Following the 2011 season, González was dealt to the Washington Nationals for Derek Norris, Tommy Milone, Brad Peacock, and A.J. Cole. Norris is having a brilliant season for the A’s this year and was selected to the All-Star team to boot. Milone was a very serviceable fifth starter for the A’s before Beane got ace-happy and traded for Jeff Samardzija (yay!) and Jason Hammel (sigh..). Milone was ultimately sent to the Minnesota Twins in exchange for outfielder Sam Fuld, who has provided invaluable depth to the A’s outfield during a time when it was needed most. Peacock was the other major piece, in addition to Carter, that landed Lowrie in Oakland. Cole, along with two other minor leaguers, was sent to the Nationals in a three-team trade that sent John Jaso from the Seattle Mariners to the A’s. So to recap, Beane essentially turned one above-average hitter on a bad team into Norris, Fuld, Jaso, and (part of) Lowrie. I’ll take it.

Two weeks prior to González being traded, Cahill was sent to the Diamondbacks in exchange for Jarrod Parker, Ryan Cook, and Collin Cowgill. Cook has become an elite reliever and was an All-Star in 2012, while Parker has been at the top of the A’s pitching staff since his first season as an Athletic in 2012. Unfortunately, he underwent a second Tommy John surgery this spring and will not pitch in 2014.

December 2011 was not a good month to be an A’s All-Star. On the 28th, the A’s traded their 3rd All-Star of the month in closer Andrew Bailey. Bailey was dealt to the Red Sox in exchange for Josh Reddick and two other minor leaguers. Reddick belted 32 home runs in 2012, and while his offense has dipped, he has been heating up as of late and is once again becoming an important member of the A’s offense. He’s also an elite defender and was a Gold Glove winner in 2012. Bailey has been replaced by even better closers, and the A’s have never looked back.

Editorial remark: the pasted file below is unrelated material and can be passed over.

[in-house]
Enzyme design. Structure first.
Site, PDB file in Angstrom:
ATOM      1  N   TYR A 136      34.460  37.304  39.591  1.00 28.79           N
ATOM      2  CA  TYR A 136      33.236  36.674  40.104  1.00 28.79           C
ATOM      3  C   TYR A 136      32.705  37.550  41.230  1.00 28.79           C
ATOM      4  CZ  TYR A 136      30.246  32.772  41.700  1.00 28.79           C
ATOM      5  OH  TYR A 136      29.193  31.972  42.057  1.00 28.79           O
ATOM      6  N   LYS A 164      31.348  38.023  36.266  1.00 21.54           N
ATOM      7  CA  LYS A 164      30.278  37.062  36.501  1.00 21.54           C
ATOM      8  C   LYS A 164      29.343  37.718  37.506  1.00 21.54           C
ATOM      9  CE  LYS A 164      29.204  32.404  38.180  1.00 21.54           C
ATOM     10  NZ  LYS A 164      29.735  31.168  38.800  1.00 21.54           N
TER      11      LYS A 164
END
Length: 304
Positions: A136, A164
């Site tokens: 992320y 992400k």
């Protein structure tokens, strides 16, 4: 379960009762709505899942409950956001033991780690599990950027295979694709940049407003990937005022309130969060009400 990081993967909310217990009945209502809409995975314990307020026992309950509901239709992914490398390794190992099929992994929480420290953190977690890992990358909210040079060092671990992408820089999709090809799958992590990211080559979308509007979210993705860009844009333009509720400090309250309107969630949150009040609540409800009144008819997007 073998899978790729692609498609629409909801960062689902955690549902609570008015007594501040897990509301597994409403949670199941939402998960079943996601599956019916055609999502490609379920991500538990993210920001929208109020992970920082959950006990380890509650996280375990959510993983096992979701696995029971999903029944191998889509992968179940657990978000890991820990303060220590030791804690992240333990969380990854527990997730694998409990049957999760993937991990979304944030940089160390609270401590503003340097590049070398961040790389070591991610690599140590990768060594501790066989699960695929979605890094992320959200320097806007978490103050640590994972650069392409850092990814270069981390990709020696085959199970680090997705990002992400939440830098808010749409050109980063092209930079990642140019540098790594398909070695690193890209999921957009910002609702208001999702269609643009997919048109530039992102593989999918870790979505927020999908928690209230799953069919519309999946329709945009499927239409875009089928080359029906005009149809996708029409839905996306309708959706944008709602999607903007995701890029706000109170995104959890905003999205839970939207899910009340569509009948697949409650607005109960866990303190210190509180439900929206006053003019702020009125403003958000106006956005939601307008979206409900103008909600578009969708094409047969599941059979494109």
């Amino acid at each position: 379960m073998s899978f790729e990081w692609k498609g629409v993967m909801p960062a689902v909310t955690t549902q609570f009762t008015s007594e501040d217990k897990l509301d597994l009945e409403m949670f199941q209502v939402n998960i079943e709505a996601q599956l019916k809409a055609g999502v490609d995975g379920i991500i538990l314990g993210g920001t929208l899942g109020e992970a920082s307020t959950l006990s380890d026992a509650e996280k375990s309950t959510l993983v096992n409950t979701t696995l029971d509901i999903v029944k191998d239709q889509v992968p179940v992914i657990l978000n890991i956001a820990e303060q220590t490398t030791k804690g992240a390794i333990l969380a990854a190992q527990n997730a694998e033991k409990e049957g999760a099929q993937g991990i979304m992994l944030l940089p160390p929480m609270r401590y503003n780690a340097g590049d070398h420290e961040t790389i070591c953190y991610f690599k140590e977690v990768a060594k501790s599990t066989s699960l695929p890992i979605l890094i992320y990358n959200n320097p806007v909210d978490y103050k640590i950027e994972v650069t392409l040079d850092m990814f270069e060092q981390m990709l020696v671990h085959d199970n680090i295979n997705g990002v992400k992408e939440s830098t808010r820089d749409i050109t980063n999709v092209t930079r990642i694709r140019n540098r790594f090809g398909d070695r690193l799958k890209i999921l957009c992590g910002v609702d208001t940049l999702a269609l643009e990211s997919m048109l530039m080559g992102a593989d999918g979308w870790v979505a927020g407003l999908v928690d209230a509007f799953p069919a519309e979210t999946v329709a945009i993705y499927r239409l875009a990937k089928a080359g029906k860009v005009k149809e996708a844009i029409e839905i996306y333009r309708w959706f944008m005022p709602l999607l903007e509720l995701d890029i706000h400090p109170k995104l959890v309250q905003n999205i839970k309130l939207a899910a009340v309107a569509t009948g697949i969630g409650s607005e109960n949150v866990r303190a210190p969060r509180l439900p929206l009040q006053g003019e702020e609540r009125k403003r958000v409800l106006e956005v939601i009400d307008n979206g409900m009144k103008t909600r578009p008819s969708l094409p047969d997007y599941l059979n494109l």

These trades were nice, but arguably the most important deal has yet to be discussed. Rich Harden had a lot of talent as a starter for the A’s, but he was oft-injured. He put together a decent start to the 2008 season, and the Chicago Cubs were in need of another starting pitcher. Just before the trade deadline, Beane worked his magic and struck a deal. The A’s landed five prospects in the trade, but four of them are no longer in the A’s organization. The fifth? Some guy named Josh Donaldson. The A’s all-around best player and WAR machine was the crown jewel of a deal that Beane won by a country mile.

The A’s five-year rebuilding effort took a lot of patience and would not have been successful without its mastermind of a general manager. Beane understood that there was no reason to keep around one or two All-Stars when the team would not have been competitive while they were under team control. In each case, Beane ended up receiving much more value than he was sending away. Ultimately, he traded four All-Stars and two more very good players scattered across noncompetitive teams in exchange for nine critical contributors to three very successful A’s teams since 2012. Beane did exactly what he hoped to do — exchange puzzle pieces that didn’t belong to a bigger picture for pieces that interlock cohesively and form a masterpiece.